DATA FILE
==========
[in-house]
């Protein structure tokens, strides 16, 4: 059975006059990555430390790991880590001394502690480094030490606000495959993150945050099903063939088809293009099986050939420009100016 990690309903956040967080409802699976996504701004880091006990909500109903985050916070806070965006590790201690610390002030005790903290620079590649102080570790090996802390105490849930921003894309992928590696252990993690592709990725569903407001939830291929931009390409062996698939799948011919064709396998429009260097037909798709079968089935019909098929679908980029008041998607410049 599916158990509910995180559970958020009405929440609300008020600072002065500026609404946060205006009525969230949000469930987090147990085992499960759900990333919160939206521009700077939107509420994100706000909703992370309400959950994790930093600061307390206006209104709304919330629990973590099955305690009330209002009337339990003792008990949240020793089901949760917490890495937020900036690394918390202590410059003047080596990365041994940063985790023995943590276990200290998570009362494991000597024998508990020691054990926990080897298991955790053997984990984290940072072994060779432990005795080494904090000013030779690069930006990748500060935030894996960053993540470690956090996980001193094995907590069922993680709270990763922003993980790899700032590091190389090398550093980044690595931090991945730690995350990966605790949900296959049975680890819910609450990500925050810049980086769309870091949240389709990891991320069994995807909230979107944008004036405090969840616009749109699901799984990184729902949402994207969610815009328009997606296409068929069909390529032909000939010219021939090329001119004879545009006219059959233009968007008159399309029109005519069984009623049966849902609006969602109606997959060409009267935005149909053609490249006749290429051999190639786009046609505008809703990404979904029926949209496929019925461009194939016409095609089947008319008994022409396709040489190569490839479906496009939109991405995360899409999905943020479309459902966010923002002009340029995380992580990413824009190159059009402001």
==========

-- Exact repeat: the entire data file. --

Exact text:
[in-house]
């Protein structure tokens, strides 16, 4: 059975006059990555430390790991880590001394502690480094030490606000495959993150945050099903063939088809293009099986050939420009100016 990690309903956040967080409802699976996504701004880091006990909500109903985050916070806070965006590790201690610390002030005790903290620079590649102080570790090996802390105490849930921003894309992928590696252990993690592709990725569903407001939830291929931009390409062996698939799948011919064709396998429009260097037909798709079968089935019909098929679908980029008041998607410049 599916158990509910995180559970958020009405929440609300008020600072002065500026609404946060205006009525969230949000469930987090147990085992499960759900990333919160939206521009700077939107509420994100706000909703992370309400959950994790930093600061307390206006209104709304919330629990973590099955305690009330209002009337339990003792008990949240020793089901949760917490890495937020900036690394918390202590410059003047080596990365041994940063985790023995943590276990200290998570009362494991000597024998508990020691054990926990080897298991955790053997984990984290940072072994060779432990005795080494904090000013030779690069930006990748500060935030894996960053993540470690956090996980001193094995907590069922993680709270990763922003993980790899700032590091190389090398550093980044690595931090991945730690995350990966605790949900296959049975680890819910609450990500925050810049980086769309870091949240389709990891991320069994995807909230979107944008004036405090969840616009749109699901799984990184729902949402994207969610815009328009997606296409068929069909390529032909000939010219021939090329001119004879545009006219059959233009968007008159399309029109005519069984009623049966849902609006969602109606997959060409009267935005149909053609490249006749290429051999190639786009046609505008809703990404979904029926949209496929019925461009194939016409095609089947008319008994022409396709040489190569490839479906496009939109991405995360899409999905943020479309459902966010923002002009340029995380992580990413824009190159059009402001």